Expert oncologist plays key role in cancer treatment
Roy S. Herbst, MD, PhD, who has had a distinguished career in the development of cancer therapies, is the new chief of medical oncology for Yale Cancer Center and Smilow Cancer Hospital at Yale-New Haven and associate director for translational research at Yale Cancer Center. Dr. Herbst, who took the helm in March, is responsible for integrating clinical, laboratory and research programs at Yale Cancer Center to bring new treatments to cancer patients. Dr. Herbst comes to Yale from the University of Texas MD Anderson Cancer Center. His new appointment marks a return to New Haven, where he received his undergraduate and master’s degrees from Yale.
“Dr. Herbst is nationally recognized for his leadership and expertise in lung cancer treatment and research,” said Thomas J. Lynch, Jr., MD, director of Yale Cancer Center and physician-in-chief of Smilow Cancer Hospital at Yale-New Haven. “Dr. Herbst is best known for his work in developmental therapeutics and the personalized therapy of non-small cell lung cancer, in particular the process of linking genetic abnormalities of cancer cells to novel therapies. He is a natural leader and will have a critical role in building our cancer program while mentoring the next generation of cancer doctors at Yale.”
Over the last several years, Dr. Herbst has initiated novel, first-in-man clinical studies with such agents as gefitinib, bevacizumab, erlotinib and cetuximab—all of which are now approved for use in cancer patients. His pioneering work using erlotinib in combination with bevacizumab was among the first to combine multiple molecular targeted agents for non-small cell lung cancer (NSCLC).
Dr. Herbst currently serves as co-principal investigator of the Biomarker-based Approaches of Targeted Therapy for Lung Cancer Elimination Program (BATTLE) Trial, which has had a significant impact on driving forward the field of personalized therapy of NSCLC by assessing real-time tissue biopsies in patients for molecular analysis to determine the targeted treatment recommendation for each patient.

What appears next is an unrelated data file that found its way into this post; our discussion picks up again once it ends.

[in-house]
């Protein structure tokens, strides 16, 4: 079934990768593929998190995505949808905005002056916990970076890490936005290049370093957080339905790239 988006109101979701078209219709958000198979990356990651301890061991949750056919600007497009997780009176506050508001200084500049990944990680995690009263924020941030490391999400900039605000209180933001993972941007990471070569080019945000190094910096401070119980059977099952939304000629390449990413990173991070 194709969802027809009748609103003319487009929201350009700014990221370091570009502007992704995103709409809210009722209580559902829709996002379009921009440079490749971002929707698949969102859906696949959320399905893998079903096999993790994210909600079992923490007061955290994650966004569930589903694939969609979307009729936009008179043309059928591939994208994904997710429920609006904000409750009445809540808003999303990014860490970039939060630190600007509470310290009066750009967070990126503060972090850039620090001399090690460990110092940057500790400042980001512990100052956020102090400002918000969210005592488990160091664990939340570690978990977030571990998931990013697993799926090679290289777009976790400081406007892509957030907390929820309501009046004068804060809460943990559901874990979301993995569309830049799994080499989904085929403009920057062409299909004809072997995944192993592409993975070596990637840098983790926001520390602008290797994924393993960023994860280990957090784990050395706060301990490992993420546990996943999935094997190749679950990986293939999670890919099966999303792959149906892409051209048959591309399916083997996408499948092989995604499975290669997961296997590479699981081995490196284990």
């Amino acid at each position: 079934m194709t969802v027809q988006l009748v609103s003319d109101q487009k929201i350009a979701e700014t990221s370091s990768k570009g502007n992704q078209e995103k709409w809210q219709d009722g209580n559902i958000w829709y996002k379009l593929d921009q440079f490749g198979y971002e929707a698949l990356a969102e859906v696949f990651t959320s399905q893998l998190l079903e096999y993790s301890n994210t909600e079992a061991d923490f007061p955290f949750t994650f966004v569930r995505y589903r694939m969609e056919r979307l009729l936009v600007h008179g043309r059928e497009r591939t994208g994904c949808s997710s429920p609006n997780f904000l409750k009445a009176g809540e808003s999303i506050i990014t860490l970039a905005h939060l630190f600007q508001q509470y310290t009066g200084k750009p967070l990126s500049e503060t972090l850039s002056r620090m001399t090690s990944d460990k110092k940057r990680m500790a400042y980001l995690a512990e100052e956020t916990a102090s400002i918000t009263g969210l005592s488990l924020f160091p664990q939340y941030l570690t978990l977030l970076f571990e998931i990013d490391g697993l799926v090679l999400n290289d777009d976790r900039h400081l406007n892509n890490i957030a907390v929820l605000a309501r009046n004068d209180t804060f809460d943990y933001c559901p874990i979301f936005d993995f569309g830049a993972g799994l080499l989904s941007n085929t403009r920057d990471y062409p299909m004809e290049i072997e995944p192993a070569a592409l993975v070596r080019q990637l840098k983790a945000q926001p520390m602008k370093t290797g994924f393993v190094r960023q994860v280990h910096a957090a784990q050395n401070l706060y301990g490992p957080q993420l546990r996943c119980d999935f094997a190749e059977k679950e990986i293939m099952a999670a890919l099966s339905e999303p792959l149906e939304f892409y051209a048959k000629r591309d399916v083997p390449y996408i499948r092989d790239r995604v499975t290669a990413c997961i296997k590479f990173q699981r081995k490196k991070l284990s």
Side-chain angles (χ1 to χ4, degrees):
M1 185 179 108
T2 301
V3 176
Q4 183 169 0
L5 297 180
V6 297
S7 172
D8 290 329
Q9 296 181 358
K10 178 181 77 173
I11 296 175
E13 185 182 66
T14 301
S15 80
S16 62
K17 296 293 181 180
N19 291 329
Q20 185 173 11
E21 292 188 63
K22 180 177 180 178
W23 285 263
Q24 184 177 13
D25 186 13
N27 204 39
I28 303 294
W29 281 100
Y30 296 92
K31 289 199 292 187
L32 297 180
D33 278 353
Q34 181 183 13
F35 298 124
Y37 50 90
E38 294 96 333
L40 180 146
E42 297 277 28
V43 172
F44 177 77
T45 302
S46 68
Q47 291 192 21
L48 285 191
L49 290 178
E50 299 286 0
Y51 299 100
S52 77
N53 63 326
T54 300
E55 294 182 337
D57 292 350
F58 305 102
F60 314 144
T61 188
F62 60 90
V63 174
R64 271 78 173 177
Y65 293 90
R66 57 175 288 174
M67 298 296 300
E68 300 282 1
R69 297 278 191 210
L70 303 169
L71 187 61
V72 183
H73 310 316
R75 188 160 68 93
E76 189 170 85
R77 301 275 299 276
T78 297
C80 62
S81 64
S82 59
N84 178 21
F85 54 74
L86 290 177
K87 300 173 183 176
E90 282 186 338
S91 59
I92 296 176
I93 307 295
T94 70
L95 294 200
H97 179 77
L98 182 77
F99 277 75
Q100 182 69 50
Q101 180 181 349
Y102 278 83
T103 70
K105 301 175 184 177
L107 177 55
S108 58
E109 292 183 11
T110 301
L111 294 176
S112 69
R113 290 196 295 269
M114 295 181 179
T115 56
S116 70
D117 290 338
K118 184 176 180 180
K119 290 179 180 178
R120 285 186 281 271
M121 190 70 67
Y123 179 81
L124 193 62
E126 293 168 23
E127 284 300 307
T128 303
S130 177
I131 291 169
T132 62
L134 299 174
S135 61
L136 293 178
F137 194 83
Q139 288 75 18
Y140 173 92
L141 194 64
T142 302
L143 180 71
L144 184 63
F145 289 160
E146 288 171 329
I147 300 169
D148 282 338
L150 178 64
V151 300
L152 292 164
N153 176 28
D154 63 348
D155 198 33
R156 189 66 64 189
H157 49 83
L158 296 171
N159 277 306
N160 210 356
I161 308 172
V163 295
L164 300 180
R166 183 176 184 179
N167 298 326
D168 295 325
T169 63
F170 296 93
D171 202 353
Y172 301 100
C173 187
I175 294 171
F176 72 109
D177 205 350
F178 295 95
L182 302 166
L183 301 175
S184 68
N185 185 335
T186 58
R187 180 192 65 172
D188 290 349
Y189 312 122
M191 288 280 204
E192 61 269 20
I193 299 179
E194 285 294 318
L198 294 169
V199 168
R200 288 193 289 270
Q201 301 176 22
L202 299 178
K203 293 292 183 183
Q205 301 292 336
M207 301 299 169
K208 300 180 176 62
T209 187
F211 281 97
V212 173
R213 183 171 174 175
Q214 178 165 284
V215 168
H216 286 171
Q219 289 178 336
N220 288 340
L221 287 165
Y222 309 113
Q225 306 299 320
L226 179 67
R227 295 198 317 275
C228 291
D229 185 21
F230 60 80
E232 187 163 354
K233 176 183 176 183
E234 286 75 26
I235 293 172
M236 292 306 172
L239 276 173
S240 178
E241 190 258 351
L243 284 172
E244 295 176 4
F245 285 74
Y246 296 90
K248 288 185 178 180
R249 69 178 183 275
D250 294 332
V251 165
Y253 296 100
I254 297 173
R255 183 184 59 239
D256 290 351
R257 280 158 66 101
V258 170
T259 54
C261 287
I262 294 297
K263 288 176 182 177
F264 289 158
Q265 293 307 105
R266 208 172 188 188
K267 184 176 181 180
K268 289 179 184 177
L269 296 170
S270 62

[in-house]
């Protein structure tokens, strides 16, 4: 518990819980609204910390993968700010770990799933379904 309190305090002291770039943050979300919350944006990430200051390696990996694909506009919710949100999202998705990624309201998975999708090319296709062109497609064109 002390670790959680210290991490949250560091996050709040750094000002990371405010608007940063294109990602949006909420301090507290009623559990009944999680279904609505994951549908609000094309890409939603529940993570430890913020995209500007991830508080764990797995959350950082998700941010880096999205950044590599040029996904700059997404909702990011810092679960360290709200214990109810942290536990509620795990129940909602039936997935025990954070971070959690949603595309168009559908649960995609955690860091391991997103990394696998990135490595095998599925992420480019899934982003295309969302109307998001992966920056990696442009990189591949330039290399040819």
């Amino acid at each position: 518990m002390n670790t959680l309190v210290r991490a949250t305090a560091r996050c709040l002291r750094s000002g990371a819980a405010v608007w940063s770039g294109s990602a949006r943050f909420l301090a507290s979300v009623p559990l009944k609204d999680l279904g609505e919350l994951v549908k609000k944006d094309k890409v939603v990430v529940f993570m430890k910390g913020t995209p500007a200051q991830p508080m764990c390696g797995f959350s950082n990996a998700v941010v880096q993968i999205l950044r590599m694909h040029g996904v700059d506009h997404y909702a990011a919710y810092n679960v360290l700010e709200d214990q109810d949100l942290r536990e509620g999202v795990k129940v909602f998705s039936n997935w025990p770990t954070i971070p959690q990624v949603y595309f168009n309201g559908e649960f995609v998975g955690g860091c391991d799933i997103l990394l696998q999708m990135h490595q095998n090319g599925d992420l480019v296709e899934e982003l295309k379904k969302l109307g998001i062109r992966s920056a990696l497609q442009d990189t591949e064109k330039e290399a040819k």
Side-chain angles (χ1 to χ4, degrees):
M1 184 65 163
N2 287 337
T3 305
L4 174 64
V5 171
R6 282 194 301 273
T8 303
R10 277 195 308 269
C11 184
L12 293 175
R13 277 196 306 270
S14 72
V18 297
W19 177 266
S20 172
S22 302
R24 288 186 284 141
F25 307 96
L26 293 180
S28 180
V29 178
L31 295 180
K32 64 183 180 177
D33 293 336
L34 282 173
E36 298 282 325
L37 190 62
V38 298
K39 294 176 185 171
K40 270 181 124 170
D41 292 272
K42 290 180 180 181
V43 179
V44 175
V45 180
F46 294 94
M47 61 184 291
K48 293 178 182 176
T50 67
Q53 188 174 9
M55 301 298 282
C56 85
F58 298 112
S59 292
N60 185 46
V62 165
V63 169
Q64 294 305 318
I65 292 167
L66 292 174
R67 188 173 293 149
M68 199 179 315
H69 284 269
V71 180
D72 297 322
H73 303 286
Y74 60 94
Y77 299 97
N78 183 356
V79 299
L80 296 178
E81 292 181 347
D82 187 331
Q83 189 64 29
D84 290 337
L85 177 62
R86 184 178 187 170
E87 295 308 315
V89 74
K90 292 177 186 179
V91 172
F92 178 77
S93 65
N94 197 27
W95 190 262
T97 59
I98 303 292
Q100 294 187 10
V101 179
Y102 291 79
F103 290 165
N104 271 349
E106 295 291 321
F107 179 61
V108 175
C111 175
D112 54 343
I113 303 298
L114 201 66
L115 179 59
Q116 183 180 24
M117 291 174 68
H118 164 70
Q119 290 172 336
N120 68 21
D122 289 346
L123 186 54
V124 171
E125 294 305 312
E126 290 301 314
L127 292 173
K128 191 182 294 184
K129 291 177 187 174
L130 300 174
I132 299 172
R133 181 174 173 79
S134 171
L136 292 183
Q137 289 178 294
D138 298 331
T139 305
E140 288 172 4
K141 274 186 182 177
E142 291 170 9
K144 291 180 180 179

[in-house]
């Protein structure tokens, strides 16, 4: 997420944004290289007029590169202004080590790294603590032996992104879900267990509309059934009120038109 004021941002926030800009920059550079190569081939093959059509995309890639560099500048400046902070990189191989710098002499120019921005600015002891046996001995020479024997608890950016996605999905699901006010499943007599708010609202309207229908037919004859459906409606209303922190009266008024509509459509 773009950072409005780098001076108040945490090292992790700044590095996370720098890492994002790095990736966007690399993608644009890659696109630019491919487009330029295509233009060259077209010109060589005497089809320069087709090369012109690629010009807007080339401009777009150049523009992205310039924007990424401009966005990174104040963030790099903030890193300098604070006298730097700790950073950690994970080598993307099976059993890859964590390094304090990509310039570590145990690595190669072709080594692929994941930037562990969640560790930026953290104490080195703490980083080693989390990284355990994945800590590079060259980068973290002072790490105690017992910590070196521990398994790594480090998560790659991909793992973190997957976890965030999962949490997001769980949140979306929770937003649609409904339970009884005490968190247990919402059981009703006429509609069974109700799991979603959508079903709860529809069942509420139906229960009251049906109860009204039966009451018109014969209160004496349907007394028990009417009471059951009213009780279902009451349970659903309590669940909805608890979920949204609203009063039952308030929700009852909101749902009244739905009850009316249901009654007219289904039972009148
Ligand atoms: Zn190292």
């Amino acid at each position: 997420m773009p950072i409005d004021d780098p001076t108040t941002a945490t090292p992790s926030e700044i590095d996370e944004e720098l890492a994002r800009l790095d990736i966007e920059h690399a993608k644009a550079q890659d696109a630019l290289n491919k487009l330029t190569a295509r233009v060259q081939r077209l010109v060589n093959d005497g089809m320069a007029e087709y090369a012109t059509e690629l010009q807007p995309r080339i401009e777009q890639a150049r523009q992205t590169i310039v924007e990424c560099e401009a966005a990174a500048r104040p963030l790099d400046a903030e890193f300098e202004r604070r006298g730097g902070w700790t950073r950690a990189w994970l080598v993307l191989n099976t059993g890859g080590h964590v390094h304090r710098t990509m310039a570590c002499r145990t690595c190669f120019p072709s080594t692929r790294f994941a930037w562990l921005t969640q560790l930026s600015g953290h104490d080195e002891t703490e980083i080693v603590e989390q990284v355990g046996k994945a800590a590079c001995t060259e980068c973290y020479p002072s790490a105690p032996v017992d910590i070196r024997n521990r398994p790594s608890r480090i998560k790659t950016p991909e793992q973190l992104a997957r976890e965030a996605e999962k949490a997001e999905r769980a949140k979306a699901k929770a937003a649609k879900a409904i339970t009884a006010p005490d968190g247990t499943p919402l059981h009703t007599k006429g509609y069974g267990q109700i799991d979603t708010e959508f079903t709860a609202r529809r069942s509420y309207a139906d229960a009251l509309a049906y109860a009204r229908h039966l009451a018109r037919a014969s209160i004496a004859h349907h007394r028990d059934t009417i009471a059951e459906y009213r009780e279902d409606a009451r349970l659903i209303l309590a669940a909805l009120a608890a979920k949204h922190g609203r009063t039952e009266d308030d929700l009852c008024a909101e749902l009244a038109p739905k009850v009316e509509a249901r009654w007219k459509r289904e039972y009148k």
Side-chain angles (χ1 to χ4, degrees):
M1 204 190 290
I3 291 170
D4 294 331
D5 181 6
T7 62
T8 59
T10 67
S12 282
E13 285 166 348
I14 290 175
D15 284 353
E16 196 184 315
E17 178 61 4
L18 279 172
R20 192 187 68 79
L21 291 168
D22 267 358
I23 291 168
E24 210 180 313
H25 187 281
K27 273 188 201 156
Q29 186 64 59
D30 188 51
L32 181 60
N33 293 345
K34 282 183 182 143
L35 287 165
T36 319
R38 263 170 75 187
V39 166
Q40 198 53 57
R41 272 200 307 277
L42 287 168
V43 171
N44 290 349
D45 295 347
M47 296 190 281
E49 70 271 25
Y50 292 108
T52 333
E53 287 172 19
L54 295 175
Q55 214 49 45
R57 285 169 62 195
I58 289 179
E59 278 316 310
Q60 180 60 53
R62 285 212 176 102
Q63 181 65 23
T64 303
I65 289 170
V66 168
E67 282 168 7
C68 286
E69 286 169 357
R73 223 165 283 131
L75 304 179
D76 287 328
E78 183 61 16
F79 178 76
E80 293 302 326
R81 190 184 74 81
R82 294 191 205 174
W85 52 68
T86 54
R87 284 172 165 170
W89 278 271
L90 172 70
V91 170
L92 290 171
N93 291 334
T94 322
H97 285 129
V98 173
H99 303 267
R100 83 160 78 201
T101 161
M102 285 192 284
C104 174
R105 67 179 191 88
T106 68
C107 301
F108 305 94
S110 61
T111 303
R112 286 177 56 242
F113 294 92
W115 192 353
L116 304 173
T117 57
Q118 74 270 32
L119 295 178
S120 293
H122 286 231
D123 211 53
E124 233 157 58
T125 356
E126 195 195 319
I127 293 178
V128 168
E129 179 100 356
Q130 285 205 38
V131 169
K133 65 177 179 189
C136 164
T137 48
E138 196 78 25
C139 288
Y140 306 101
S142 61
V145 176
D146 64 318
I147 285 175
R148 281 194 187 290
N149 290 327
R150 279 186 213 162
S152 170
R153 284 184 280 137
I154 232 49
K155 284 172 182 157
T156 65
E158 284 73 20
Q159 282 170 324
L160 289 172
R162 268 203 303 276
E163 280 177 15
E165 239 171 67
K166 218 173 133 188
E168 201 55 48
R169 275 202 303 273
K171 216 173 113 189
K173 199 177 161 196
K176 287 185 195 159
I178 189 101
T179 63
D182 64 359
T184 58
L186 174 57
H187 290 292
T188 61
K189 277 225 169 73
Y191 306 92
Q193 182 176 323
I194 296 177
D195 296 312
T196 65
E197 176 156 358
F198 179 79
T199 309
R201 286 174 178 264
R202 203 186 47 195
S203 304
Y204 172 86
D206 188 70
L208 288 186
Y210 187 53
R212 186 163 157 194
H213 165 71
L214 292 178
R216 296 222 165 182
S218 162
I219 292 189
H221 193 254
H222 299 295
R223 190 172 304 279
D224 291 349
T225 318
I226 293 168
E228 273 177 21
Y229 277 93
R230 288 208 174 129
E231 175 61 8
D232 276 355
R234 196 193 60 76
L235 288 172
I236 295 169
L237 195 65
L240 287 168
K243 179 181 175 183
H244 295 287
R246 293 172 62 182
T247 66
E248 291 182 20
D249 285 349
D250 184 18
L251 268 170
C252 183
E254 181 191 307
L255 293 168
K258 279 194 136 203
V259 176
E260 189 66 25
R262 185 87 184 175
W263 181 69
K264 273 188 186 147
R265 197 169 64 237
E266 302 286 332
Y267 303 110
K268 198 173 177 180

At MD Anderson, Dr. Herbst served as a professor of medicine, chief of the section of thoracic medical oncology, and the Barnhart Family Distinguished Professor in Targeted Therapies. He is a member of the American Association of Cancer Research (AACR), where he chairs the Tobacco Task Force, as well as the American Society of Clinical Oncology and the Institute of Medicine’s National Cancer Policy Forum. He is a fellow of the American College of Physicians. Dr. Herbst is also a vice chair of the Southwest Oncology Group’s lung committee, a member of the medical advisory committee for the Lung Cancer Research Foundation and chair of the communications committee for the International Association for the Study of Lung Cancer. He has authored more than 200 peer-reviewed papers and has current grant funding for his work from numerous sources including the National Cancer Institute, AACR and multiple charitable foundations.
Dr. Herbst received his medical degree from Cornell University Medical College and earned a PhD in molecular cell biology from the Rockefeller University. He completed his medical oncology fellowship at Dana Farber Cancer Institute and a medical hematology fellowship at Brigham and Women’s Hospital in Boston, where he additionally received a master’s degree from Harvard University in their clinical investigator training program.
This article was submitted by Mark Santore on January 7, 2014.